The Six Thinking Hats method is particularly effective for several reasons beyond its direct benefits in structured thinking and decision-making, including the following. These three advantages work together to create a more positive, productive, and creative environment for group discussions and decision-making processes, making the Six Thinking Hats method a powerful tool in various organizational, educational, and team settings.

  • Reduces Adversarial Thinking: By assigning different perspectives or modes of thinking to different "hats," the method depersonalizes critique and reduces the natural tendency towards adversarial thinking. When critique or negative feedback is given under the Black Hat, for example, it is seen as a part of the process rather than a personal attack. This encourages open communication and makes it easier for individuals to share and critique ideas without fear of offending others, fostering a more inclusive and respectful dialogue.

  • Enhances Focus and Efficiency: The method allows groups to focus on one thing at a time, which significantly increases meeting efficiency and productivity. By compartmentalizing different types of thinking, it reduces the scatter and distraction often present in unstructured discussions.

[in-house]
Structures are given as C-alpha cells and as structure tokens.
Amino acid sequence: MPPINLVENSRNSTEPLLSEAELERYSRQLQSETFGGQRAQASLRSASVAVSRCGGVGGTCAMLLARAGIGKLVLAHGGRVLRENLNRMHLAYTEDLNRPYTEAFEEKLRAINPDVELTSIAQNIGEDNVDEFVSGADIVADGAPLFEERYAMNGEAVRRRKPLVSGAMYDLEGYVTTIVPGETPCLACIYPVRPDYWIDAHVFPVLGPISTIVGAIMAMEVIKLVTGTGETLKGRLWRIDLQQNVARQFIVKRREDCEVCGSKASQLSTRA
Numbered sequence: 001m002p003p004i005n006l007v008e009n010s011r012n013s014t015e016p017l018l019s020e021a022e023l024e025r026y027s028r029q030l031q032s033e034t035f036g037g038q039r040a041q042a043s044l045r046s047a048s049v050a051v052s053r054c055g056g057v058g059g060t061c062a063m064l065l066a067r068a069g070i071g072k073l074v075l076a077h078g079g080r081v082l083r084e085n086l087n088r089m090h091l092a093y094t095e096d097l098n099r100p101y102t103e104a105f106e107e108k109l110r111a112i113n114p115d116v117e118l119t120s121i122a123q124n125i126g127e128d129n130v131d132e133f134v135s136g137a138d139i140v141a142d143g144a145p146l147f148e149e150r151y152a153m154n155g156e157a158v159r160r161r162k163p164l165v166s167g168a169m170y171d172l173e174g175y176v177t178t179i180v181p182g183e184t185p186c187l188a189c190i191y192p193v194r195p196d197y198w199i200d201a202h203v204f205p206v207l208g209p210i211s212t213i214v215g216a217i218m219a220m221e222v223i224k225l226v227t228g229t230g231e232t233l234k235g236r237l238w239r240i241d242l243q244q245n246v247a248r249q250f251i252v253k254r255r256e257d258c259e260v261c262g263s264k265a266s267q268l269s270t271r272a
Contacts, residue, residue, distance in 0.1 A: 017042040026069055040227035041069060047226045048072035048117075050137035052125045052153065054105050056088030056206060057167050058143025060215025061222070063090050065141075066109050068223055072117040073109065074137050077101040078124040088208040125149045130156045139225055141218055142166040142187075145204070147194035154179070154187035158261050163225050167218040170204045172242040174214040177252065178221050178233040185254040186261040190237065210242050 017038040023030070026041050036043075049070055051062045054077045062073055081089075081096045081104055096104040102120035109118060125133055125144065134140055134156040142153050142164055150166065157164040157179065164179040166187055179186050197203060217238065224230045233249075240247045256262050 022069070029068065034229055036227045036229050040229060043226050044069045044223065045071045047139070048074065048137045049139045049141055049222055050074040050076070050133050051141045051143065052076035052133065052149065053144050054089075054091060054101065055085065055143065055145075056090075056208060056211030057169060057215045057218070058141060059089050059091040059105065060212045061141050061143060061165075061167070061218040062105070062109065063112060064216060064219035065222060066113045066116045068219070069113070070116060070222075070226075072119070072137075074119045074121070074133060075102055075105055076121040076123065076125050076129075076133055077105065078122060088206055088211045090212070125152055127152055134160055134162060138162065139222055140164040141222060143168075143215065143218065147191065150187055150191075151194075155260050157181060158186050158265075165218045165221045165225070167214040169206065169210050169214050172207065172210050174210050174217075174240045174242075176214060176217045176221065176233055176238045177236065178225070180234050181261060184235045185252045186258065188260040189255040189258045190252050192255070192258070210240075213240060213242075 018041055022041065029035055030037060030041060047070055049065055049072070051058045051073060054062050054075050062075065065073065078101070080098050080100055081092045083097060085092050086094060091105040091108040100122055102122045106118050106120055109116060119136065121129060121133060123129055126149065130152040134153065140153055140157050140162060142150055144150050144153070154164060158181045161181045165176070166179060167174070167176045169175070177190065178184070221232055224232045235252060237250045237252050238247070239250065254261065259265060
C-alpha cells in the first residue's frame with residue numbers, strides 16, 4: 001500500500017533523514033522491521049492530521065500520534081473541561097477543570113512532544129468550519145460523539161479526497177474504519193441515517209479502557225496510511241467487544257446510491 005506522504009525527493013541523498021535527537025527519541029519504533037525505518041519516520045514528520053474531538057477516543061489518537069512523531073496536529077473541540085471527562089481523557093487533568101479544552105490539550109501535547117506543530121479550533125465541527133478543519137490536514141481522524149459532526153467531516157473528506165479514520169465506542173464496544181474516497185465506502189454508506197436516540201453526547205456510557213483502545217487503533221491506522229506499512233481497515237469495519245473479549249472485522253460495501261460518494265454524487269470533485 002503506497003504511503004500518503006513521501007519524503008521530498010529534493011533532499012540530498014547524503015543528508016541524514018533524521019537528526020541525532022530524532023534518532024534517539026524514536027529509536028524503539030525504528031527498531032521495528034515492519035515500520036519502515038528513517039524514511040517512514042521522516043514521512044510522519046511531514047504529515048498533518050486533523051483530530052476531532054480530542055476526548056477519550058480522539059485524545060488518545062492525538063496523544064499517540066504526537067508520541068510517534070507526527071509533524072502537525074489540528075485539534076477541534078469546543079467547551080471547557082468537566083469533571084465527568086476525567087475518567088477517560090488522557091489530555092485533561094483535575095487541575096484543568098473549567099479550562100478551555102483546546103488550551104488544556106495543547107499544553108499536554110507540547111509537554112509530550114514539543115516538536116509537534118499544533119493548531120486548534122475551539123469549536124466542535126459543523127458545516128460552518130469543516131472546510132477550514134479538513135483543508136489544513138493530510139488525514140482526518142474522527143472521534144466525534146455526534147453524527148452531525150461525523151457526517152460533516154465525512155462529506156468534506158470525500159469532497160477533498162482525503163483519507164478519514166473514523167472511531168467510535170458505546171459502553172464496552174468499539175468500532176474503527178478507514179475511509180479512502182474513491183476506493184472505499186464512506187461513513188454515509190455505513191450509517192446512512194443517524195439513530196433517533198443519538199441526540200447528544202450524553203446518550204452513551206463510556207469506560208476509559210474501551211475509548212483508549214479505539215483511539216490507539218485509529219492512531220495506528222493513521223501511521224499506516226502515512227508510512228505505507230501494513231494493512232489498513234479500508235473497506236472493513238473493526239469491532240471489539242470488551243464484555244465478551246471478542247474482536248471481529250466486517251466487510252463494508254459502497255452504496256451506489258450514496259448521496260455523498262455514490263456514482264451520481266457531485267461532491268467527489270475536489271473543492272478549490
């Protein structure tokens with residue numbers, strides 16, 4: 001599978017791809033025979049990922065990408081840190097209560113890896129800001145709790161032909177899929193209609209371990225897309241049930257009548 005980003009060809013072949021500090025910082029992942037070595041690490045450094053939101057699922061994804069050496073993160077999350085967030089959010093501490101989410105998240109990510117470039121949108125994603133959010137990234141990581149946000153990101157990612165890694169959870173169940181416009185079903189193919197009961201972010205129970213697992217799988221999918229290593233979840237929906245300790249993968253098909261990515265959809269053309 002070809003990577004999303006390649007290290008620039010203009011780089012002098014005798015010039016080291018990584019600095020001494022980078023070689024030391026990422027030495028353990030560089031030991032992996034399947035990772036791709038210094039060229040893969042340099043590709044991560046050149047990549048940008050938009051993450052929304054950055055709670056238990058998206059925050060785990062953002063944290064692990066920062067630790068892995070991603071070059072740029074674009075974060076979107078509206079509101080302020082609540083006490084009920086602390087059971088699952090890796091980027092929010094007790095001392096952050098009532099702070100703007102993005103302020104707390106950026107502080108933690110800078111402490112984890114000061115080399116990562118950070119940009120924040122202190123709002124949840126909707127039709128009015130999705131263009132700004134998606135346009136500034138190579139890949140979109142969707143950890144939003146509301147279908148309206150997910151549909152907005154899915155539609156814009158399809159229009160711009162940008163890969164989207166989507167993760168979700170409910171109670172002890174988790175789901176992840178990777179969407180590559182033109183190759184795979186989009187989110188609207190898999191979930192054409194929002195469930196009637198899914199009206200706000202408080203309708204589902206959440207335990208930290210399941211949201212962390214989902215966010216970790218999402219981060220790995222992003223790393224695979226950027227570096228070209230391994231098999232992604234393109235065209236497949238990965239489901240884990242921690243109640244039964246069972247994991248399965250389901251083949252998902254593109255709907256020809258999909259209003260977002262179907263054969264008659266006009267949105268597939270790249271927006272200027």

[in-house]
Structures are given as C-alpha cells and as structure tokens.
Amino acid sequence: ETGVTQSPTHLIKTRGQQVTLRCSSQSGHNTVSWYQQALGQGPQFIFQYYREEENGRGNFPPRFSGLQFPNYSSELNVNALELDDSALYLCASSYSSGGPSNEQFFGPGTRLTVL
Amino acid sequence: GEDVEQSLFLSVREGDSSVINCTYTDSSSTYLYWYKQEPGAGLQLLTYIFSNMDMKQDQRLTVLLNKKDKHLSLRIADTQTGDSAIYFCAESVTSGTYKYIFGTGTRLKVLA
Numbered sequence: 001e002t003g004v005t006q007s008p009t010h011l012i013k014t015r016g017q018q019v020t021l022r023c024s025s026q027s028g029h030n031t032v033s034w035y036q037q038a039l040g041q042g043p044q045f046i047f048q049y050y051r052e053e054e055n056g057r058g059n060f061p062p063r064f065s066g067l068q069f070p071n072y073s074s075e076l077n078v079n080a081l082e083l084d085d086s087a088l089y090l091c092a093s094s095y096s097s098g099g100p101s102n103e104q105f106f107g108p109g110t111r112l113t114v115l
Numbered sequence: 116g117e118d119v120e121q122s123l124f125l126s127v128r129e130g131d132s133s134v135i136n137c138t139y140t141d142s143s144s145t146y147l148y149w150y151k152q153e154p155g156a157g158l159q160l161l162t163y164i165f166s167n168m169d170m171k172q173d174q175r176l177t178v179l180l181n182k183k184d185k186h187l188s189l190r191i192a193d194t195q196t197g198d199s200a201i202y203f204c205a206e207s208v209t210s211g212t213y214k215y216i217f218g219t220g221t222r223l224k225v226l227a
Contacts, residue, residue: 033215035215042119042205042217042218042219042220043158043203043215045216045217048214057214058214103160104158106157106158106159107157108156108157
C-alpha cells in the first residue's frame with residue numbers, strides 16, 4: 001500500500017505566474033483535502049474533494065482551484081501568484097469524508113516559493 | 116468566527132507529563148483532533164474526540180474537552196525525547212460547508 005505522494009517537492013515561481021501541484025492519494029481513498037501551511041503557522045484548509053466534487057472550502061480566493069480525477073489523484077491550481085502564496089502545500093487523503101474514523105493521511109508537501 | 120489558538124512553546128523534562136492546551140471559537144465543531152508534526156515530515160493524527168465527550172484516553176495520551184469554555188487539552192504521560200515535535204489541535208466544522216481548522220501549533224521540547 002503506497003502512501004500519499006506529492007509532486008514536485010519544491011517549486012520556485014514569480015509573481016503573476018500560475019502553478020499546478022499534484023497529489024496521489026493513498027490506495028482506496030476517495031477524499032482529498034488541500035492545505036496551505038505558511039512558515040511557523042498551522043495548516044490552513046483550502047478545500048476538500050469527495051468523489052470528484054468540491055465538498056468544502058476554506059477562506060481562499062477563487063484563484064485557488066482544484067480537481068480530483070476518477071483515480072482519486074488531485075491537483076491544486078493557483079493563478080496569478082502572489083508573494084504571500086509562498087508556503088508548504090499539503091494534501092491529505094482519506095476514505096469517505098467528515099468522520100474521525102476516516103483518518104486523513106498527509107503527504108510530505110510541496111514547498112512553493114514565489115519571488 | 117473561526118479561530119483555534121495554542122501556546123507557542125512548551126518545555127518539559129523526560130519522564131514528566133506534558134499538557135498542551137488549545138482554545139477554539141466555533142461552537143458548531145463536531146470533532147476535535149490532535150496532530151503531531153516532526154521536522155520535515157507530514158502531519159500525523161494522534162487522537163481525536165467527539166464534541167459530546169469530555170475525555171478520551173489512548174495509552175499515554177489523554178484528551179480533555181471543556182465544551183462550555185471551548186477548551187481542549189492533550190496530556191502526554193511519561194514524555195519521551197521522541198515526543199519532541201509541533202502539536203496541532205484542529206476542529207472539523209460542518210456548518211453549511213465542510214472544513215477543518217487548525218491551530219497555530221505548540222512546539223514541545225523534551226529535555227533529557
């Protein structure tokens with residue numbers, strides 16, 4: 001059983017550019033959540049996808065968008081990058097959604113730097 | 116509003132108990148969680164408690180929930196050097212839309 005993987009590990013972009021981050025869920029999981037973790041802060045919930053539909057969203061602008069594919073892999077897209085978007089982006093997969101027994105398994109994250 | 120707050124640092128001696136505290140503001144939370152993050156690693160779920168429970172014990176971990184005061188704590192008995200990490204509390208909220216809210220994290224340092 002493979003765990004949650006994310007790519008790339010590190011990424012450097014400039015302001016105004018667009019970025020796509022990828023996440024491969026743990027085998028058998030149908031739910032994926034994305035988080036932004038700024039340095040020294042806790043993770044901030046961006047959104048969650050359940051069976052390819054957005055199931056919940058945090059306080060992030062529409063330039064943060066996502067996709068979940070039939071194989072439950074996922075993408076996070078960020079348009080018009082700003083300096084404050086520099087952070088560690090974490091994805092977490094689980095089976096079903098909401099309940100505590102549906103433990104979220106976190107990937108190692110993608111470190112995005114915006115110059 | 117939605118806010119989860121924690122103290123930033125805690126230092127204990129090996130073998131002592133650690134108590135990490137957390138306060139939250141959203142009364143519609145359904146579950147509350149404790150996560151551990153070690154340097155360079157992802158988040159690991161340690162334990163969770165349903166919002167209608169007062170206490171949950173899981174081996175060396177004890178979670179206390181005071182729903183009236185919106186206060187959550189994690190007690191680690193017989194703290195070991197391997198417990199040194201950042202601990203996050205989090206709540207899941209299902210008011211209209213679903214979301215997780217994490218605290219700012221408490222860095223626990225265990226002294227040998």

• Facilitates Parallel Thinking: The Six Thinking Hats method promotes parallel thinking, where participants think in the same direction at the same time, rather than opposing or competing viewpoints clashing. This approach minimizes confrontations and misunderstandings, as everyone explores the positive, negative, creative, and factual aspects of an issue together. By aligning participants' thought processes, it enables a more synchronized and harmonious exploration of topics, which can lead to more cohesive and unanimous decision-making.

Facilitating the Six Thinking Hats Method

​​Facilitating the Six Thinking Hats exercise with an executive coaching group can lead to productive discussions, innovative solutions, and enhanced team dynamics. Here's a step-by-step guide to help you effectively implement this method.


  1. Understand the Hats: Familiarize yourself thoroughly with the function and purpose of each hat. Knowing when and how to use each hat is crucial for facilitating the exercise effectively.

  2. Define the Objective: Clearly define the purpose of the session. Whether it's solving a problem, generating new ideas, or making a decision, having a clear objective will guide the discussion.

  3. Set the Ground Rules: Explain the rules and the structure of the exercise to the participants. Emphasize the importance of focusing on one hat at a time and respecting each other's contributions.

  4. Materials: Prepare materials needed for the session. This could include actual hats, colored cards, or simply markers to signify the change from one hat to another.